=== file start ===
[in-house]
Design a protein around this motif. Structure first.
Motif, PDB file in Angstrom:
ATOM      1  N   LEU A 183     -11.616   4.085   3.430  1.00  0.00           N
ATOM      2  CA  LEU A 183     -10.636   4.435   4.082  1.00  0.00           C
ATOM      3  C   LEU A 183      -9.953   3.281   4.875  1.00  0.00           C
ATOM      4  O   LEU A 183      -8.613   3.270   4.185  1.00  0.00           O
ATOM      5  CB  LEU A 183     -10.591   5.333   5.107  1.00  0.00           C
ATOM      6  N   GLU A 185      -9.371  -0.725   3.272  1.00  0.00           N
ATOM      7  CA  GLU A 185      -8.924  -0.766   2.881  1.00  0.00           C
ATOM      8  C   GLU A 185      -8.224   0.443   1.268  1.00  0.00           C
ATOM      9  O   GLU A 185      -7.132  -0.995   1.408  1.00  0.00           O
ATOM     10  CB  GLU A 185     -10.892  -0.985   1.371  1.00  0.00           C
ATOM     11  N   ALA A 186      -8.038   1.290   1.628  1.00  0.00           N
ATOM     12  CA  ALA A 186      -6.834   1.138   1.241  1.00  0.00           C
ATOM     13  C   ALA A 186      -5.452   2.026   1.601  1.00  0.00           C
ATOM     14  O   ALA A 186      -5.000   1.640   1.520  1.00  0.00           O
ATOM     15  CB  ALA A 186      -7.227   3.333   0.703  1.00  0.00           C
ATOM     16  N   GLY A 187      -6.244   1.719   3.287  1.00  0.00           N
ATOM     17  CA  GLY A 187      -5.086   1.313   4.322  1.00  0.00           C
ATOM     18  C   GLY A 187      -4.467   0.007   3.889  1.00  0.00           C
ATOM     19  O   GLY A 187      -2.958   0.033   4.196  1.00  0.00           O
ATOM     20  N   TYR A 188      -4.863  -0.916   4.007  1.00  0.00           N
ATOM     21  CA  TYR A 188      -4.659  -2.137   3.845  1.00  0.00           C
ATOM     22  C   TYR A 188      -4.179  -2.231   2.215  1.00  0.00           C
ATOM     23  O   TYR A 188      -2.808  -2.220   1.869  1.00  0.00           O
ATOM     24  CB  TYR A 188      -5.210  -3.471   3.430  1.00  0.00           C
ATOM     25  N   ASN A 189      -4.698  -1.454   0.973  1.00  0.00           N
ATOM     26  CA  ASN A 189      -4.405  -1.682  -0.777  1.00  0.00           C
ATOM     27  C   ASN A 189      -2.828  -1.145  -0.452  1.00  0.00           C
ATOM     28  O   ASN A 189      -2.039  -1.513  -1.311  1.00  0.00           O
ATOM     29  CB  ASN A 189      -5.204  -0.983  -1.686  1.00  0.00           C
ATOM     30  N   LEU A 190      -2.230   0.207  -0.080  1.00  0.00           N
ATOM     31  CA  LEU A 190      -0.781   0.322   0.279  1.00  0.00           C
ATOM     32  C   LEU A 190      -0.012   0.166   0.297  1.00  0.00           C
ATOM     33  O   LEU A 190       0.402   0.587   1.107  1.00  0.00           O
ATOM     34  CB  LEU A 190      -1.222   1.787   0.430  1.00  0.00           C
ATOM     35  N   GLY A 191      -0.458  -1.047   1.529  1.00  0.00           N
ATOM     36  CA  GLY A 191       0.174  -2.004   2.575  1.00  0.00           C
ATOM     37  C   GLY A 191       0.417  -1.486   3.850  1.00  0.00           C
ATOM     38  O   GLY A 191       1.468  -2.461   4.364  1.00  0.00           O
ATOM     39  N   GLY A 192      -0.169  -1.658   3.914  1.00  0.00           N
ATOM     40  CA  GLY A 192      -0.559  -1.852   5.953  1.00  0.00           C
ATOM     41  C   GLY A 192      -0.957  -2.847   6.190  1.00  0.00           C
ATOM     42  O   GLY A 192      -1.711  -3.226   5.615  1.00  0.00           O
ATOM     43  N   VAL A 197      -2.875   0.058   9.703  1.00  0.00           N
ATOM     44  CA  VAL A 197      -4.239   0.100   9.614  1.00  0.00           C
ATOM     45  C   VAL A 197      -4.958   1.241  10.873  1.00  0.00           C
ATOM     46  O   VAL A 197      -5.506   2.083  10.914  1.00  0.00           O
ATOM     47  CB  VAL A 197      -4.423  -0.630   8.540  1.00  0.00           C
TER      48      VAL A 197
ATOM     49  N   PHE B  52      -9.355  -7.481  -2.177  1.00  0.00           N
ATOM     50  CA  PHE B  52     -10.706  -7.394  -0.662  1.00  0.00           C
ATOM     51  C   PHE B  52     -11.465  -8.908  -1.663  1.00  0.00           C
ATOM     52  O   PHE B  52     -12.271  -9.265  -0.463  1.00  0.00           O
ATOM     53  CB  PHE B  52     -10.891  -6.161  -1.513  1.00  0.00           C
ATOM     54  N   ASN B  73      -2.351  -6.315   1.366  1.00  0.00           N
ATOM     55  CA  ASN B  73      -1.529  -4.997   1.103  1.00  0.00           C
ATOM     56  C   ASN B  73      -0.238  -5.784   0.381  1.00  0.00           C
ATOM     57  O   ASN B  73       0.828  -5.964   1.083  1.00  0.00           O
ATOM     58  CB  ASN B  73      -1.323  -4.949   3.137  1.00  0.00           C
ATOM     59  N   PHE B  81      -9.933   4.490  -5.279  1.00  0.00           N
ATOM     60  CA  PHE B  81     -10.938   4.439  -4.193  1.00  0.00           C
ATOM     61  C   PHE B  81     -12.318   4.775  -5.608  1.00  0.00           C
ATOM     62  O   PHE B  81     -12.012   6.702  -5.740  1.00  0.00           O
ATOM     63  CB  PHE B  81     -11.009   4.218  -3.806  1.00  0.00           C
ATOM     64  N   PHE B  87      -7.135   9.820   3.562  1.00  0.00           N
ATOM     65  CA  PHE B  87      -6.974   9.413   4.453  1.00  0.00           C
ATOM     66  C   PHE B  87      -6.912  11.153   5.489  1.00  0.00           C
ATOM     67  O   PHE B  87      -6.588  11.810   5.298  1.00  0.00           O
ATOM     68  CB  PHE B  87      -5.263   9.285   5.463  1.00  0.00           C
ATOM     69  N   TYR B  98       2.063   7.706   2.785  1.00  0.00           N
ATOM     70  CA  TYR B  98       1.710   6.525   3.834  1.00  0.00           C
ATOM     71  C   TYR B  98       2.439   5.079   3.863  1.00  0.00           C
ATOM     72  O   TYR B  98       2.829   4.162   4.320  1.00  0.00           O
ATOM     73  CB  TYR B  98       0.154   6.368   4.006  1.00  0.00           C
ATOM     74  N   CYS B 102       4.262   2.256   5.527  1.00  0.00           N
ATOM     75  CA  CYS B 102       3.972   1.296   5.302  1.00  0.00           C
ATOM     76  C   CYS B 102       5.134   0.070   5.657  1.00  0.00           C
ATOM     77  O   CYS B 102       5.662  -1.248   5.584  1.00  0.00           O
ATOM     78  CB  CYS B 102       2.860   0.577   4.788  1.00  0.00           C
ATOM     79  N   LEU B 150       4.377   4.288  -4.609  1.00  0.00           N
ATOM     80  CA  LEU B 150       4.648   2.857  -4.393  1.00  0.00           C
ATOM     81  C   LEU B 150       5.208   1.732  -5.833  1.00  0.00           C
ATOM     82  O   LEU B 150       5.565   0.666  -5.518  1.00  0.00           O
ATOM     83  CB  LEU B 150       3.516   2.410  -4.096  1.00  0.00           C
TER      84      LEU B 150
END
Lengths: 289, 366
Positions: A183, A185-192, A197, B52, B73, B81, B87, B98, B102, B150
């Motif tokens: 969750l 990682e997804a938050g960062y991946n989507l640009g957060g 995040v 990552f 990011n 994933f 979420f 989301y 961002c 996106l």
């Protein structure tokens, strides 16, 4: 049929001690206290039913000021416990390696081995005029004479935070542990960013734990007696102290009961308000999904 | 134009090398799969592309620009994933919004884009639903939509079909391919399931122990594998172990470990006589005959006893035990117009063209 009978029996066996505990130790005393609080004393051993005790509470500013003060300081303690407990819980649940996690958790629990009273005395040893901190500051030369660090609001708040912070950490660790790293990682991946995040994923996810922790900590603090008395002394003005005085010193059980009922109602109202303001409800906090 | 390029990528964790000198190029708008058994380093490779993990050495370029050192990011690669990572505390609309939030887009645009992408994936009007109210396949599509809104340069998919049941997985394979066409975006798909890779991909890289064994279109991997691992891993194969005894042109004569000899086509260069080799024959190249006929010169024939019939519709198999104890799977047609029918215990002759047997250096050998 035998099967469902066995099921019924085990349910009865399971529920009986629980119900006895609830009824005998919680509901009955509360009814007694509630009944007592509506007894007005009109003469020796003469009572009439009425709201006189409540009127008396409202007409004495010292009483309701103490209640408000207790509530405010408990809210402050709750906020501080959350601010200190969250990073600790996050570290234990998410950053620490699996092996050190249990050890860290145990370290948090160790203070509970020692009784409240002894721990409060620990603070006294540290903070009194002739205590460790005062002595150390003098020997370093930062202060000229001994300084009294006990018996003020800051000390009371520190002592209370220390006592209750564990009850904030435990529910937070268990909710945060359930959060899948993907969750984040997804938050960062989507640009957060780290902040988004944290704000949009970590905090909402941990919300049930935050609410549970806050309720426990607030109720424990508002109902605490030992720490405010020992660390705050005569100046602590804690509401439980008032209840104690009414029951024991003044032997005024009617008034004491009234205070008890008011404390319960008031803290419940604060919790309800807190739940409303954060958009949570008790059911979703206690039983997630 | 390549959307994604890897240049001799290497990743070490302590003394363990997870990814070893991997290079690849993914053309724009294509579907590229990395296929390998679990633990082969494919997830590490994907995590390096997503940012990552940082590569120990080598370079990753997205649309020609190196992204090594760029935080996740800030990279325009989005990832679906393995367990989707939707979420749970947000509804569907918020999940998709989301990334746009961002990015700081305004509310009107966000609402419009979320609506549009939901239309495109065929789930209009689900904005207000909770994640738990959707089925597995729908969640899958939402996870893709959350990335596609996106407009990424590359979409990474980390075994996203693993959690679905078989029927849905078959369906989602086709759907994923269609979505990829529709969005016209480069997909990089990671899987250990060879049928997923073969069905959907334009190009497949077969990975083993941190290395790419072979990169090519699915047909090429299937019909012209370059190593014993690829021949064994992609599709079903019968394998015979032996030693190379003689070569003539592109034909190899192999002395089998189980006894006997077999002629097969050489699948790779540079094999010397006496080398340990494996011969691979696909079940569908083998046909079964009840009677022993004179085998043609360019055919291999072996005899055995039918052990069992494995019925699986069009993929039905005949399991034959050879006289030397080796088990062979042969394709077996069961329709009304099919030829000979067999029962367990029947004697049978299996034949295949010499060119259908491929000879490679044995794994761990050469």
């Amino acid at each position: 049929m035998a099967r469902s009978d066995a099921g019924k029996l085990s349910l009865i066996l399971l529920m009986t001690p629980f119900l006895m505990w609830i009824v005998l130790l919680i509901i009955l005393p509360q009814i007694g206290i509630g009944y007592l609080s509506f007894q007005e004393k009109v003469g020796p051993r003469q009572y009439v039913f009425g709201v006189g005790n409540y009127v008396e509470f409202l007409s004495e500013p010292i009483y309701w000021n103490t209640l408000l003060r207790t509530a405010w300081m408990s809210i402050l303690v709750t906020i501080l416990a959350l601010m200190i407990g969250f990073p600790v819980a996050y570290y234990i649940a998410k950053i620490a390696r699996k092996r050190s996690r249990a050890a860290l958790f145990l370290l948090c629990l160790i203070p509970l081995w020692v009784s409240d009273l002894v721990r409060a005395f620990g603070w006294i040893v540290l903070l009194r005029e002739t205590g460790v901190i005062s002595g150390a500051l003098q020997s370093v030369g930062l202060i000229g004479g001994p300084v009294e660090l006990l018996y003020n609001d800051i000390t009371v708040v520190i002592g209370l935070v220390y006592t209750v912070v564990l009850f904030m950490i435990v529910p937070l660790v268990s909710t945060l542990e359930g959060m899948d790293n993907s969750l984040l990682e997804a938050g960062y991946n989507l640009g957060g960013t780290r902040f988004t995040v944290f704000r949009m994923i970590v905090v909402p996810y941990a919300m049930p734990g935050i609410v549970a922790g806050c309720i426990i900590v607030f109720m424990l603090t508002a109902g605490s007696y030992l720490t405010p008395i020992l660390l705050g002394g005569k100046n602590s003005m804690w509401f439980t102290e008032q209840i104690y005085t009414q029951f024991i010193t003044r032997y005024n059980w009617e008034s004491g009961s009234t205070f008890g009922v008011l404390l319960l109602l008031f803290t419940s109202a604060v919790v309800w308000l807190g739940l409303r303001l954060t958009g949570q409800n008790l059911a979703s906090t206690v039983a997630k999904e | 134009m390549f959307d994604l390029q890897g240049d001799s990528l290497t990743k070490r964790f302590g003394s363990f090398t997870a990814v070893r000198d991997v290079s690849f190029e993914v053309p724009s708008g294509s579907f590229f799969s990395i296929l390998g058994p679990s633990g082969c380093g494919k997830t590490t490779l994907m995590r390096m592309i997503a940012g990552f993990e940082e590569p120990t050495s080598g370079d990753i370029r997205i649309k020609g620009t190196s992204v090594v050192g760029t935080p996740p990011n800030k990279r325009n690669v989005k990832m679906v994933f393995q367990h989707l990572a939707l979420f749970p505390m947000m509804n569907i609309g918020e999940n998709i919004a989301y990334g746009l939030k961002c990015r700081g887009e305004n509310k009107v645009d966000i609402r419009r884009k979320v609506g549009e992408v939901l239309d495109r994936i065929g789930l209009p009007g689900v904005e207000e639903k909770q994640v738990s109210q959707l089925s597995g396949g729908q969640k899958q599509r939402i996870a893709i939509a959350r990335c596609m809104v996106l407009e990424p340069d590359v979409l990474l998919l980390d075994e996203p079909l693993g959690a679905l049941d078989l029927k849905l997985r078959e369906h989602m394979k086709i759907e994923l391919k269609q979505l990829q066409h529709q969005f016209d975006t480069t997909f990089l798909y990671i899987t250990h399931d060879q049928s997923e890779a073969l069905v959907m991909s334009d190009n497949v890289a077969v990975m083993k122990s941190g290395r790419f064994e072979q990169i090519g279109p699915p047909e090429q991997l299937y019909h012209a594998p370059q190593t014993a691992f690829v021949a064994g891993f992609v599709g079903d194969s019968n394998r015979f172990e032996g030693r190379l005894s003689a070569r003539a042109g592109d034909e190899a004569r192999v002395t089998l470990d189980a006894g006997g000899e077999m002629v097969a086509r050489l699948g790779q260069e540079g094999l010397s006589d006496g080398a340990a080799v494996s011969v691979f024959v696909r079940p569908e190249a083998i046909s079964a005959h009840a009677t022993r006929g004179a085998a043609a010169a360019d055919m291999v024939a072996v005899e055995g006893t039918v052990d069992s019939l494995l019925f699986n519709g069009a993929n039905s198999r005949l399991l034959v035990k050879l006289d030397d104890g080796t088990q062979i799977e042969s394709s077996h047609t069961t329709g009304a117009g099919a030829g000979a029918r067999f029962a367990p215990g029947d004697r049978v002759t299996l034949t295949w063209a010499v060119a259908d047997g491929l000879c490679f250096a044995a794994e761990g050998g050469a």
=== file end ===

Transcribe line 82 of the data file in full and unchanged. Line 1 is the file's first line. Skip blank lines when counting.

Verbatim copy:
ATOM     79  N   LEU B 150       4.377   4.288  -4.609  1.00  0.00           N